THE LEDGER.COM December 1, 2020 – I frequently write about what Florida does wrong. But today I’m writing about what Florida has done right. And remarkably, it’s on the topic of guns.
Don’t get me wrong: Florida is gun-crazy in many ways.
We hand out concealed-weapons permits like Tic Tacs, leading the nation. And we’ve pioneered the homicide-inducing stand your ground gun law — which was written by a lawmaker who is also a funeral home owner. (Conflict of interest?)
But we’re not all-the-way crazy.
Florida has refused to join the rush of other states to sanction the open carrying of firearms.
“Open carry” laws are why you see scowling young men cosplaying as military commandos in political protests in other states, standing often with AR-15s slung over their chests among crowds of protesters.
When former President Ronald Reagan was governor of California, he signed the Mulford Act, a law that specifically outlawed open carry, after members of the Black Panther Party began patrolling the streets of Oakland while brandishing loaded weapons.
The Heller case, a 2008 landmark U.S. Supreme Court gun-rights decision, stopped short of a blanket, unfettered Second Amendment right to open-carry firearms.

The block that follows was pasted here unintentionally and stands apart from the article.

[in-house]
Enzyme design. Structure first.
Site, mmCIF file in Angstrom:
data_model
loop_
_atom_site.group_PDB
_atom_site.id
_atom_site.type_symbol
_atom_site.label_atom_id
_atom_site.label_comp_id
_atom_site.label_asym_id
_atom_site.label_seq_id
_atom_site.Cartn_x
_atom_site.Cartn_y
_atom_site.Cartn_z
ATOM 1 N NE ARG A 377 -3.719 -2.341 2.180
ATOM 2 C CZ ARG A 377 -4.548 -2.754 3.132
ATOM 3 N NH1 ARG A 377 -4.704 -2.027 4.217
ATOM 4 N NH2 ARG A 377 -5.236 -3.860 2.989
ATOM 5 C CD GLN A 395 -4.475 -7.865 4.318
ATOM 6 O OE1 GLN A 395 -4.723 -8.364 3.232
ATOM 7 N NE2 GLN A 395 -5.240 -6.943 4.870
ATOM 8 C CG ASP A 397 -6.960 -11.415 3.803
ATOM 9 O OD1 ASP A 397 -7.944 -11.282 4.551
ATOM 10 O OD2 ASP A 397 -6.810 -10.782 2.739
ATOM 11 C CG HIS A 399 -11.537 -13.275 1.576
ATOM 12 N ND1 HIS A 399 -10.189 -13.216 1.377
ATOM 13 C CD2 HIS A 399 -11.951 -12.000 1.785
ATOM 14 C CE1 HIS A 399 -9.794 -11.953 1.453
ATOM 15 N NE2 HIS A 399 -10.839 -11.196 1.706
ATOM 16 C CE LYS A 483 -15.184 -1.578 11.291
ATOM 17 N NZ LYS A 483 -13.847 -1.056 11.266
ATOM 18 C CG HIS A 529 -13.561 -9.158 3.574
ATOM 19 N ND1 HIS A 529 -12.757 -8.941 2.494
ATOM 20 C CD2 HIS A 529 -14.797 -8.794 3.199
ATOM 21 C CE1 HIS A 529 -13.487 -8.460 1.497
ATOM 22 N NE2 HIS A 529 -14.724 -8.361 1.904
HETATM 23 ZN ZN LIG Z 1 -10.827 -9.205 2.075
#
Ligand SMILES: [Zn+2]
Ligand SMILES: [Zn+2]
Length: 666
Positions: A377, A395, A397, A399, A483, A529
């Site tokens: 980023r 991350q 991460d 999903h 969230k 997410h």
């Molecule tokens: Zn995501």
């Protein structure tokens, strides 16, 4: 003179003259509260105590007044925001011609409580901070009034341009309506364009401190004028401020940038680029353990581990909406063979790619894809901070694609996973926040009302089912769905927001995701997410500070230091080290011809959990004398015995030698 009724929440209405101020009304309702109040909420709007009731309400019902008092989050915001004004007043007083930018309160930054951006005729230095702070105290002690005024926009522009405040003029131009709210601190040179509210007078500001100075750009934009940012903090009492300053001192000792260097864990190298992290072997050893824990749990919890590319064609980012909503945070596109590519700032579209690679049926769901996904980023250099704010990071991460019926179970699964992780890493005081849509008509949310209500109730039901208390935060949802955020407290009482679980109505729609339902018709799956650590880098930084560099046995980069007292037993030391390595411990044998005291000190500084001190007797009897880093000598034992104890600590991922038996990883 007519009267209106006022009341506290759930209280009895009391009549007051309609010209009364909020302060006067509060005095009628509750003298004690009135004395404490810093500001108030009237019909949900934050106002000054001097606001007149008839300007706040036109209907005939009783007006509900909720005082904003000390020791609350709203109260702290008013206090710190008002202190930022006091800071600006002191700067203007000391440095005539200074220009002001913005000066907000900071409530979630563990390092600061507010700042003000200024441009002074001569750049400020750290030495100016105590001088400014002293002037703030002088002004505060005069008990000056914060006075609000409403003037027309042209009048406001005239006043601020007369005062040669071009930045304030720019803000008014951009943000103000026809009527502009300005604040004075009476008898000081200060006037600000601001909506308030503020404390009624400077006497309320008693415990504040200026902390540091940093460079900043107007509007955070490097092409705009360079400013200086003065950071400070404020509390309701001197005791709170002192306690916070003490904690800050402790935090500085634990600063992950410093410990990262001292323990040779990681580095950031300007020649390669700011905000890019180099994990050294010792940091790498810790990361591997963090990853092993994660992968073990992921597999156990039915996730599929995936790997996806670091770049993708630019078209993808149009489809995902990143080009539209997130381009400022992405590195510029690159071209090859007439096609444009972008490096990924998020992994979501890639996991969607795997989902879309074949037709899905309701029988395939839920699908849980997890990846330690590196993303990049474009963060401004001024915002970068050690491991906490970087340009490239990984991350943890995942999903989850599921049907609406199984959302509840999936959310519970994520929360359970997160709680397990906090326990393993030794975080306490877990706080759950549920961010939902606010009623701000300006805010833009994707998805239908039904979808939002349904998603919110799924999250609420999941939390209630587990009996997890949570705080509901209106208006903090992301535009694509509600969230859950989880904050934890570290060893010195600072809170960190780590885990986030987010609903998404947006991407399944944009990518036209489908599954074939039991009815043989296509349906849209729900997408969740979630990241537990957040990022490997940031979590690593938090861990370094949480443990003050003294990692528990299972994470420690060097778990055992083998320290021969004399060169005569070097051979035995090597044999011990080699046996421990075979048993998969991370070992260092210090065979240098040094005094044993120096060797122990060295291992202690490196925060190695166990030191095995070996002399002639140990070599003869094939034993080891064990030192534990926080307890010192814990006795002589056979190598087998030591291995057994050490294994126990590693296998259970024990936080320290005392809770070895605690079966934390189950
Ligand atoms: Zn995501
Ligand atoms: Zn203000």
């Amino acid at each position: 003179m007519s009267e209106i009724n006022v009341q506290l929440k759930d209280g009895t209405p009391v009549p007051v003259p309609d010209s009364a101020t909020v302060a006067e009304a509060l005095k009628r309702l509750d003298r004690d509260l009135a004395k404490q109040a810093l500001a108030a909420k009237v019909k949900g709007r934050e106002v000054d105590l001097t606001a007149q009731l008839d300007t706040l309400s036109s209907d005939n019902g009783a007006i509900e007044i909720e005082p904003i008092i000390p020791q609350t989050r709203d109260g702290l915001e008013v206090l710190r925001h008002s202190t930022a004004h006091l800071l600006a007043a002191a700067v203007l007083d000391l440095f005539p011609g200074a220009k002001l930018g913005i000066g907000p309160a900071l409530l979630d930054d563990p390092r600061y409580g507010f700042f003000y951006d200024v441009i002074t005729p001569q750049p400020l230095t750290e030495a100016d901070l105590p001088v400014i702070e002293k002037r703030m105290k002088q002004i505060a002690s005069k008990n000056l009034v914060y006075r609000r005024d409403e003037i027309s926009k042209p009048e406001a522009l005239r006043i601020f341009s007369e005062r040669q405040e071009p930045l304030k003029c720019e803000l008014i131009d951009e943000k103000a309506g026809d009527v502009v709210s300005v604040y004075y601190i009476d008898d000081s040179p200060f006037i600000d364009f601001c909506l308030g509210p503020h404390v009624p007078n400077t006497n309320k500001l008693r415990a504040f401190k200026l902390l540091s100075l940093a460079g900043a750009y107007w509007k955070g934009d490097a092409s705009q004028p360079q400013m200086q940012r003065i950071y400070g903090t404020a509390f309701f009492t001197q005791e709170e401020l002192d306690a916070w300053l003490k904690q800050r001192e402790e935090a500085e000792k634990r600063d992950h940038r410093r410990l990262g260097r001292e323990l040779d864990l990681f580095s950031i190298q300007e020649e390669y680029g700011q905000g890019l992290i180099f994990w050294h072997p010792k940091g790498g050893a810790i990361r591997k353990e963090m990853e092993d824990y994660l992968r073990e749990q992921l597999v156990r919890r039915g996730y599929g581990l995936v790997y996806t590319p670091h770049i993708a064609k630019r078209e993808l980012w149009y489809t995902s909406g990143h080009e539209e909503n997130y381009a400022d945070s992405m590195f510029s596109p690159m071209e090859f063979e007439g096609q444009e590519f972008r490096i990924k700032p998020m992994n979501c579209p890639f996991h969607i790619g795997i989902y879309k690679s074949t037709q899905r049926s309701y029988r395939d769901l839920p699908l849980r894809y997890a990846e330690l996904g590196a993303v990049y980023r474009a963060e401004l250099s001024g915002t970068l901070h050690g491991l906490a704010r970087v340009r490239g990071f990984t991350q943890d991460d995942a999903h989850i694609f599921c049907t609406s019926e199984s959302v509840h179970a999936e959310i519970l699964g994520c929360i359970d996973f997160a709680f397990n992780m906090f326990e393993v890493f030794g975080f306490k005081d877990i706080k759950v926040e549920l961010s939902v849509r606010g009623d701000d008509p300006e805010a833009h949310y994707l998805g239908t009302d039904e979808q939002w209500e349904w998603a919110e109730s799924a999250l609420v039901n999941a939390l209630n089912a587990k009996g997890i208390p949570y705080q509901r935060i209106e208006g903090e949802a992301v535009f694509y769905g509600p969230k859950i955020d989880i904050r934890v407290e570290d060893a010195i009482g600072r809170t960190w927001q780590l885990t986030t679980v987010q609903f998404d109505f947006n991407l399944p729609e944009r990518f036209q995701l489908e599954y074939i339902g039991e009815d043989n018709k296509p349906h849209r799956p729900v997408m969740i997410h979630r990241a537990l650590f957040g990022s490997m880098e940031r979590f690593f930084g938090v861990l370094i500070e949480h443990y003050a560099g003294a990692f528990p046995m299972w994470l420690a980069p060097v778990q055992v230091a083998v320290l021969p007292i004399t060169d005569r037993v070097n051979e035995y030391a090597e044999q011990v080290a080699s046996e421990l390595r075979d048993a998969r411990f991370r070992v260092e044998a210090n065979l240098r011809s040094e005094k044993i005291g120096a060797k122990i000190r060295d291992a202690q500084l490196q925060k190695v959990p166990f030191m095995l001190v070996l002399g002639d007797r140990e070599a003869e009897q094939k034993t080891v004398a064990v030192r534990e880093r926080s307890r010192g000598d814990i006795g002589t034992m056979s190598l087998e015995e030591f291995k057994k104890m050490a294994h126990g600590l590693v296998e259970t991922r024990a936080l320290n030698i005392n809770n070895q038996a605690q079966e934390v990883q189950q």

“Like most rights, the Second Amendment right is not unlimited,” Justice Antonin Scalia wrote in the majority opinion. “It is not a right to keep and carry any weapon whatsoever in any manner whatsoever and for whatever purpose.”
Florida, despite its reputation as the Gunshine State, has remained one of only four states that prohibits open carry by law. And state lawmakers have resisted efforts by gun-rights groups to change that.
A bill to allow open carry in Florida passed the Florida House in 2016 but died in a Senate committee. And a year later, the Florida Supreme Court upheld the state law banning open carry in a case brought by a St. Lucie County gun owner.
In Florida, open carrying of weapons is sanctioned when you’re fishing, hunting or camping.
So every once in a while, open-carry advocates make a display of this exception by standing on a congested Intracoastal bridge, pretending to be fishing with their AR-15s hanging from their shoulders. [full article]